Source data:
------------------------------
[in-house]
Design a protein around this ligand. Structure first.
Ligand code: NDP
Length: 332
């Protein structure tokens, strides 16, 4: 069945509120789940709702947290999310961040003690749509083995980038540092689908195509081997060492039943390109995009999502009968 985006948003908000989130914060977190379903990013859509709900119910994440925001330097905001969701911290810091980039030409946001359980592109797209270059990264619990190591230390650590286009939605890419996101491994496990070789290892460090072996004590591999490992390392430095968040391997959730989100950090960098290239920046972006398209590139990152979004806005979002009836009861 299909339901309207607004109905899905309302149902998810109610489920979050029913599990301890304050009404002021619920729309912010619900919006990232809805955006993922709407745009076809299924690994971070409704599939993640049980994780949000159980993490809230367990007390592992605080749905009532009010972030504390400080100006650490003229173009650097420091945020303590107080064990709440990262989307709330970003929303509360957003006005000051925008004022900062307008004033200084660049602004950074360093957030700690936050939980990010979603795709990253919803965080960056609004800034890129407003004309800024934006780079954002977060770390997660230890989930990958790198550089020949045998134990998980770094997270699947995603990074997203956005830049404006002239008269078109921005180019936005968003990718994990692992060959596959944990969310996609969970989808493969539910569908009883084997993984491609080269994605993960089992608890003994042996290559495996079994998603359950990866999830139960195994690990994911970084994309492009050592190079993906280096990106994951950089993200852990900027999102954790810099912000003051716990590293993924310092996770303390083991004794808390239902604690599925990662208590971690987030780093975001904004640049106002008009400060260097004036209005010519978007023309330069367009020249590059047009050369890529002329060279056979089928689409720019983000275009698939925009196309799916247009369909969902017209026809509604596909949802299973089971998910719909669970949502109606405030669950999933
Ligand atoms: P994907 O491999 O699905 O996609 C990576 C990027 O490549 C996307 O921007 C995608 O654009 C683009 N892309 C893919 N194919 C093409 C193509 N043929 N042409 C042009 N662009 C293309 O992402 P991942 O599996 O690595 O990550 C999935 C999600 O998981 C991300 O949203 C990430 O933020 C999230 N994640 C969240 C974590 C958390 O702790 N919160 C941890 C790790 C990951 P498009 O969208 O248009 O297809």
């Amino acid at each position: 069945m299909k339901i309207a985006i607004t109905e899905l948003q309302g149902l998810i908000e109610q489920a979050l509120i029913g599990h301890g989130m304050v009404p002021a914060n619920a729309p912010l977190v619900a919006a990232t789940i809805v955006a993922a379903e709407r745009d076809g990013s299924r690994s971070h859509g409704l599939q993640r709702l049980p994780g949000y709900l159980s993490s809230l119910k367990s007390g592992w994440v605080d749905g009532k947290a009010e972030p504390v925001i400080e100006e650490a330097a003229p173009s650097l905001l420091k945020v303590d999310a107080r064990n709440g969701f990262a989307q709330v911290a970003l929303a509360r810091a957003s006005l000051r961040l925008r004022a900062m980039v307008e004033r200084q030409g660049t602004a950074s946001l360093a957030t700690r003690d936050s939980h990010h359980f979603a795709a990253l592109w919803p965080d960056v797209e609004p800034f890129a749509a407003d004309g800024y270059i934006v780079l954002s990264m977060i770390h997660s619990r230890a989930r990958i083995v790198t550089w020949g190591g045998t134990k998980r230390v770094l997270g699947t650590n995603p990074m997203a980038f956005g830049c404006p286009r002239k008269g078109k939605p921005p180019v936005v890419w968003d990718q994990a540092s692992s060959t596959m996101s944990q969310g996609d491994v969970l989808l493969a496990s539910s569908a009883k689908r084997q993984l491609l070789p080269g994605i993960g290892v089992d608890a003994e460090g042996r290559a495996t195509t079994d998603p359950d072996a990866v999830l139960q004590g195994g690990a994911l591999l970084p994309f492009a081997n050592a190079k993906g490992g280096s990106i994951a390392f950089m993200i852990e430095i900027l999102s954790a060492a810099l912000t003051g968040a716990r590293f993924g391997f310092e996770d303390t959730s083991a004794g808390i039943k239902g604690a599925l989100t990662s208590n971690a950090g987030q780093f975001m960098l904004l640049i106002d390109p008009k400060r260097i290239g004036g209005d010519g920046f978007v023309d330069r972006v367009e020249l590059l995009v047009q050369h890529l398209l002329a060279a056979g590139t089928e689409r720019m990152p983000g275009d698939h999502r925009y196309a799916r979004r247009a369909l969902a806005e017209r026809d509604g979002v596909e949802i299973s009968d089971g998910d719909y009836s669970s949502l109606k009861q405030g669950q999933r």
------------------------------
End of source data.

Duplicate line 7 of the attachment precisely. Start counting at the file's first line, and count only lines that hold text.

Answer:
């Amino acid at each position: 069945m299909k339901i309207a985006i607004t109905e899905l948003q309302g149902l998810i908000e109610q489920a979050l509120i029913g599990h301890g989130m304050v009404p002021a914060n619920a729309p912010l977190v619900a919006a990232t789940i809805v955006a993922a379903e709407r745009d076809g990013s299924r690994s971070h859509g409704l599939q993640r709702l049980p994780g949000y709900l159980s993490s809230l119910k367990s007390g592992w994440v605080d749905g009532k947290a009010e972030p504390v925001i400080e100006e650490a330097a003229p173009s650097l905001l420091k945020v303590d999310a107080r064990n709440g969701f990262a989307q709330v911290a970003l929303a509360r810091a957003s006005l000051r961040l925008r004022a900062m980039v307008e004033r200084q030409g660049t602004a950074s946001l360093a957030t700690r003690d936050s939980h990010h359980f979603a795709a990253l592109w919803p965080d960056v797209e609004p800034f890129a749509a407003d004309g800024y270059i934006v780079l954002s990264m977060i770390h997660s619990r230890a989930r990958i083995v790198t550089w020949g190591g045998t134990k998980r230390v770094l997270g699947t650590n995603p990074m997203a980038f956005g830049c404006p286009r002239k008269g078109k939605p921005p180019v936005v890419w968003d990718q994990a540092s692992s060959t596959m996101s944990q969310g996609d491994v969970l989808l493969a496990s539910s569908a009883k689908r084997q993984l491609l070789p080269g994605i993960g290892v089992d608890a003994e460090g042996r290559a495996t195509t079994d998603p359950d072996a990866v999830l139960q004590g195994g690990a994911l591999l970084p994309f492009a081997n050592a190079k993906g490992g280096s990106i994951a390392f950089m993200i852990e430095i900027l999102s954790a060492a810099l912000t003051g968040a716990r590293f993924g391997f310092e996770d303390t959730s083991a004794g808390i039943k239902g604690a599925l989100t990662s208590n971690a950090g987030q780093f975001m960098l904004l640049i106002d390109p008009k400060r260097i290239g004036g209005d010519g920046f978007v023309d330069r972006v367009e020249l590059l995009v047009q050369h890529l398209l002329a060279a056979g590139t089928e689409r720019m990152p983000g275009d698939h999502r925009y196309a799916r979004r247009a369909l969902a806005e017209r026809d509604g979002v596909e949802i299973s009968d089971g998910d719909y009836s669970s949502l109606k009861q405030g669950q999933r």